Theories

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Theories by Mind Map: Theories

1. Problems

1.1. These theories do not address learning that occurs outside of people (i.e. learning that is stored and manipulated by technology). They also fail to describe how learning happens within organization

2. Learning Theories

2.1. Constructivist

2.1.1. Human learning is Constructed

2.1.2. Learners build new knowledge upon the foundation of previous learning

2.1.3. Learning is active

2.1.4. The mind is a Rhizome (Network)

2.1.5. Collaborative Learning

2.1.6. Learners construct their own understanding and knowledge of the world, through experiencing things and reflecting on those experiences.

2.1.7. Teachers is a Facilitator rather than a lecturer

2.1.8. Discovery Learning

2.1.9. Ex. Video Games/ classroom discussion and reflection.

2.2. Connectivism

2.2.1. “ A learning theory for the digital age”

2.2.2. Any communication tool: email webcam chat

2.2.3. Anywhere we can store data.

2.2.4. Learning is active

2.2.5. Informal learning is a significant aspect of our learning experience.

2.2.6. Learning now occurs in a variety of ways – through communities of practice, personal networks, and through completion of work-related tasks.

2.2.7. Technology base learning

2.2.8. Capacity to know more is more critical than what is currently known

2.2.9. Knowledge is out there for the learner to find

2.2.10. Connectivism provides insight into learning skills and tasks needed for learners to flourish in a digital era.

2.3. Behaviourism

2.3.1. Watson, Edward Thorndike and B.F. Skinner

2.3.2. “ practice makes perfect”

2.3.3. Stimulus-response

2.3.4. Operant condition

2.3.5. Modeling,Shaping,Cuing and Drill/practice

2.3.6. Behaviorist Technologies:

2.3.7. Coumputer Assisted Assessment

2.3.8. To shape the behaviour;Consequences can be positive or negative – rewarding or punishing.

2.4. Cognitive Load

2.4.1. The mind is like a computer Schema/Scaffolding

2.4.2. There are two kinds of memory:Working memory and long term memory.

2.4.3. Cognitive Load Theory: Processing information can over or under load working memory

2.4.4. Number 7: Working Memory can only handle 7 disconnected items at once.

2.4.5. 3 Types of Cognitive Load: Extraneous, Intrinsic, and Germane

2.4.6. Extraneous load force working memory to focus away from building schemas into long term memory.

2.4.7. Germane load is caused by effortful learning resulting in Schema construction and the process of automation.

2.4.8. Teachers need to be aware of how much new information they are presenting all at once.

2.4.9. Ex. for meaningful effect: Motivation Seriality Practice for retention Organization ( Prezi) Mneumonic (memory) devices Metaphor/symbolism

3. Technology theories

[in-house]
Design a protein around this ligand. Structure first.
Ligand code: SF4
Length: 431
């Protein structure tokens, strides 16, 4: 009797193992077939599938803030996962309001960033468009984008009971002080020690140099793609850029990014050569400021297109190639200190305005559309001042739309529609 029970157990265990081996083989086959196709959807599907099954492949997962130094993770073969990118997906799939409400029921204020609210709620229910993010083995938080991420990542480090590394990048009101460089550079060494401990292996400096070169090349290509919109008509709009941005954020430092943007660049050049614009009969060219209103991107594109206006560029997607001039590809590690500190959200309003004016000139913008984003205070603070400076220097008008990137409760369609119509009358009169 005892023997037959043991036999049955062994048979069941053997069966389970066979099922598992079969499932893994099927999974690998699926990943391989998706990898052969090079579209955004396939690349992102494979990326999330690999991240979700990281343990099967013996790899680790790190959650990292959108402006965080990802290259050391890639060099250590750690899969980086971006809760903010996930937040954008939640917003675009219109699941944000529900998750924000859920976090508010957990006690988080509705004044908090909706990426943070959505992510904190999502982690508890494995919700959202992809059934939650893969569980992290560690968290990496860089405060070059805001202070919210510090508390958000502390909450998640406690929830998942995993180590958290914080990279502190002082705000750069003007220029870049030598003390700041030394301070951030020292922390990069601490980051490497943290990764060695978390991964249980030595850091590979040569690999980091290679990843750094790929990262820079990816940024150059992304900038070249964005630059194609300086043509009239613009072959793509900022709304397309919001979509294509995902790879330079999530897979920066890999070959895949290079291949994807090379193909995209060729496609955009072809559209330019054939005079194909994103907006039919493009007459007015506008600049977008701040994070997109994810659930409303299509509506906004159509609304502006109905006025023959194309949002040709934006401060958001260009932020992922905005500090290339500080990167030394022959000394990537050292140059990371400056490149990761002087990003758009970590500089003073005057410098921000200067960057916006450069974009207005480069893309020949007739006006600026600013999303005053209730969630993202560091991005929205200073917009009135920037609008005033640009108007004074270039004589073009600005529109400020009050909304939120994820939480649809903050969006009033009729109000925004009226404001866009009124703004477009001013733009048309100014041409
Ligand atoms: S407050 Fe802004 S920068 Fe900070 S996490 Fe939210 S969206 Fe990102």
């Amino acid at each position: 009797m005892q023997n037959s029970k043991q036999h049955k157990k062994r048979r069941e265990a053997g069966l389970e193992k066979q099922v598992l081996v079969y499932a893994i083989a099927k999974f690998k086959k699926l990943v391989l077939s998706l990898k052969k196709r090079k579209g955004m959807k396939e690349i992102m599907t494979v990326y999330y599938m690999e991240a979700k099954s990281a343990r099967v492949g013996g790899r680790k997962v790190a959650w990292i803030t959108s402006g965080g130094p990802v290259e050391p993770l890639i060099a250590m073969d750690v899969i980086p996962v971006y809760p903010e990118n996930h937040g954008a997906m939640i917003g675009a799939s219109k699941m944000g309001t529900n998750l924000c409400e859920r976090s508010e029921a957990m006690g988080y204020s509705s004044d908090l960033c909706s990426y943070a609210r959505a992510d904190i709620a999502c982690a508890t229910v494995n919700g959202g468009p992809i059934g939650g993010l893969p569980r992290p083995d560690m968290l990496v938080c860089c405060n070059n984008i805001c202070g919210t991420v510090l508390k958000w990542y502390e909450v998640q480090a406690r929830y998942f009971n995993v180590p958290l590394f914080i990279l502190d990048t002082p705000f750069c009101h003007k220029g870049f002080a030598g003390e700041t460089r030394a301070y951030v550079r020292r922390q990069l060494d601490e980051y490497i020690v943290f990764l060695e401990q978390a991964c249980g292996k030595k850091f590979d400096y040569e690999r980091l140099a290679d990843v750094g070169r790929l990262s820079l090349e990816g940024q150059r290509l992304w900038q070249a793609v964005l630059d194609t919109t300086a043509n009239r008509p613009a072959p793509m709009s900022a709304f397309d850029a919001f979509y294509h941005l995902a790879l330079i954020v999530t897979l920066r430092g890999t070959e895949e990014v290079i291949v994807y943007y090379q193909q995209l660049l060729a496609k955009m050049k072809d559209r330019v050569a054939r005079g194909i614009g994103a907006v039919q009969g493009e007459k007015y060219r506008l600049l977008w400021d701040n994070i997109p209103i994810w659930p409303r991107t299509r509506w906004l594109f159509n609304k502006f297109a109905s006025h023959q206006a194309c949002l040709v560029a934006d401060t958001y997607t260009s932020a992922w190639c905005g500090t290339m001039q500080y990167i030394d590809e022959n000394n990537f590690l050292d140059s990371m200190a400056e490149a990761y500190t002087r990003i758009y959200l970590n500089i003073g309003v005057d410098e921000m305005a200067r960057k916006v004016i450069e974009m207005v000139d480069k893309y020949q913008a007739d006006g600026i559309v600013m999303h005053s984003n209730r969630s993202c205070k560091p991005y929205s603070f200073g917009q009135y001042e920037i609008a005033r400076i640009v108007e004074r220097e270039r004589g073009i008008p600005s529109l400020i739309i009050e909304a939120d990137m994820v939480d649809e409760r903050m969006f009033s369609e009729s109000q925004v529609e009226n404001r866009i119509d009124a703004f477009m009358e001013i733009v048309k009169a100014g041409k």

3.1. Social Construction of Technology (SCOT)

3.1.1. Human action shapes technology and not the other way around

3.1.2. Success or failure of a technology is socially determined regardless of how good the technology really is.

3.1.3. Technology does not determine human action, but that rather, human action shapes technology

3.1.4. emergence of the questions or problems to be solved are governed by social determinations

3.1.5. SCOT holds that those who seek to understand the reasons for acceptance or rejection of a technology should look to the social world

3.1.6. Wiebe Bijker and Trevor Pinch.

3.1.7. Technology affected by humans while Media Ecology is humans affected by technology.

3.2. Media Ecology

3.2.1. It is the study of media environments, the idea that technology and techniques, modes of information and codes of communication play a leading role in human affairs

3.2.2. A movement to both physical and social science

3.2.3. study of complex communication systems as environments.

3.2.4. The interactions of communications media, technology, technique, and processes with human feeling, thought, value, and behaviour

3.2.5. Christine Nystrom

3.2.6. Media as environments

3.2.7. Technology affects the way we see the world

3.2.8. Humans affected by technology rather than SCOT

3.2.9. Human action shapes technology and not the other way

4. Philosophy of Teachnology

4.1. Similar to a philosophy of teaching

4.2. studying the nature of technology and its social effects.

4.3. Philosophy should not ignore technology

4.4. Constructivist, authentic and cooperative learning

4.5. Includes Technology use in the classroom in online learning and in professional development

4.6. Teachers can develop written statements which outline their philosophy of teaching

4.7. Teachers are responsible for integrating technology into the curriculum and instructional programs in order to enhance student achievement .

5. TPACK

5.1. A Venn diagram is used to demonstrate how the three spheres intersect one another

5.2. Web Link TPACK Image

5.3. The Art of investigating content

5.4. The science of operating interfaces

5.5. Technological Pedagogical Content Knowledge

5.6. Three Primary forms of Knowledge

5.6.1. Content (CK)

5.6.2. Pedagogy (PK)

5.6.3. Technology (TK)

5.7. Teachers can bring together knowledge of subject matter and technology

5.8. reflects Shulman's idea of pedagogical content knowledge

5.9. TPACK is where these types of knowledge intersect so that teachers know the right kind of technology will best convey content in a pedagogically sound manner.